Minnesota budget surplus projected at $7.7B

Published 6:43 pm Tuesday, December 7, 2021

By Bill Salisbury

Pioneer Press, St. Paul

The state of Minnesota will head into 2022 with a $7.7 billion projected budget surplus for the current two-year budget cycle, state finance officials announced today.

That’s enough money to provide more than $1,000 to every Minnesotan.

But that won’t happen. Here’s why:

Some $870 million or the surplus by law will be siphoned off to restore the state’s budget reserve, also known as its “rainy day fund.”

While Republican leaders have already started calling for tax relief, DFL Gov. Tim Walz has said he plans to propose a “robust” supplemental spending plan early next year that probably would increase funding for schools and help people recover from economic losses caused by the coronavirus pandemic.

House Republicans have also called for spending some state money to replenish the state’s unemployment insurance trust fund that was drained to pay jobless benefits during the pandemic. The state borrowed more than $1 billion from the federal government and must start paying off that debt this month.

Businesses will face payroll tax increases if the state doesn’t step in and pick up part or the entire tab. It could use some of its unused federal COVID dollars to address that debt.

Walz and the 2023 Legislature, which convenes Jan. 31. will decide what to do with the surplus.

The Minnesota Management and Budget agency said the state’s fiscal outlook over the next three years is significantly better because of “an improved U.S. economic outlook that is bolstered by large federal actions that have emerged since November and were not incorporated in earlier projections.” It said the state’s positive balance has also improved because of a higher revenue forecast, from “strong growth in income, consumer spending, and profits,” as well as lower state spending.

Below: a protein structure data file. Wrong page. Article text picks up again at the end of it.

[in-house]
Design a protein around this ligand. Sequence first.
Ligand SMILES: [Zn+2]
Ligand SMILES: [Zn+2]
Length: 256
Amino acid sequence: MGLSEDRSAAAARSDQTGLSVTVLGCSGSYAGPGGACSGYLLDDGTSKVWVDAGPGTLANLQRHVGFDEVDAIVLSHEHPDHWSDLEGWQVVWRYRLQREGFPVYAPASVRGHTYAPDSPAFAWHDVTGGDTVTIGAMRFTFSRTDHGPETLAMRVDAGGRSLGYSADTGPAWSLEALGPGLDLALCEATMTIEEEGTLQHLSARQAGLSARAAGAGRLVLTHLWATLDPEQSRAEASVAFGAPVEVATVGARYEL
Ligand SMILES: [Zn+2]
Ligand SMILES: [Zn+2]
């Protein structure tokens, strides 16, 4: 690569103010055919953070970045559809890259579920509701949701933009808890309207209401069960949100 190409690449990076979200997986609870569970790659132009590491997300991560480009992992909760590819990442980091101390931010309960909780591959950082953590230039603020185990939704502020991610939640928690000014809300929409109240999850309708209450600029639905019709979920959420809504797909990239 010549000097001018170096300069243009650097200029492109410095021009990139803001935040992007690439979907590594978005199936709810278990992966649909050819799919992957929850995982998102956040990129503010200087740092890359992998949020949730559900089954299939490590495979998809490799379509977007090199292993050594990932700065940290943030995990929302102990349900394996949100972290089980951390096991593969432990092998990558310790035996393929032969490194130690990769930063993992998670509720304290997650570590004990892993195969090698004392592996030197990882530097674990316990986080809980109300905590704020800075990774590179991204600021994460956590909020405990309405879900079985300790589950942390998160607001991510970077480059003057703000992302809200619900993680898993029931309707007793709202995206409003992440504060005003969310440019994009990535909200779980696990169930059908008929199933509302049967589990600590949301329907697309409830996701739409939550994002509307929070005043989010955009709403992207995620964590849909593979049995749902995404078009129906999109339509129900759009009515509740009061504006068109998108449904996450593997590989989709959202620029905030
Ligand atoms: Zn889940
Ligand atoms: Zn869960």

But the agency noted that the state’s economic improvements “have not been spread equally as unemployment continues to disproportionately impact lower-wage workers.”

The agency and Walz are scheduled to release a detailed forecast later Tuesday.

Already Tuesday morning, the state’s top Republicans were releasing statements. Senate Majority Leader Jeremy, R-Winona, released the following statement:

“The budget surplus gives our state a lot of options to make the lives of Minnesotans more affordable. With inflation, increasing energy prices, and continued economic hardship, it’s more important than ever for us to partner together to make sure families have the resources they need to thrive. We can also provide our small businesses the economic support to grow and create good-paying jobs. The top priority of Senate Republicans this session will be to provide additional tax relief to Minnesotans across the state.”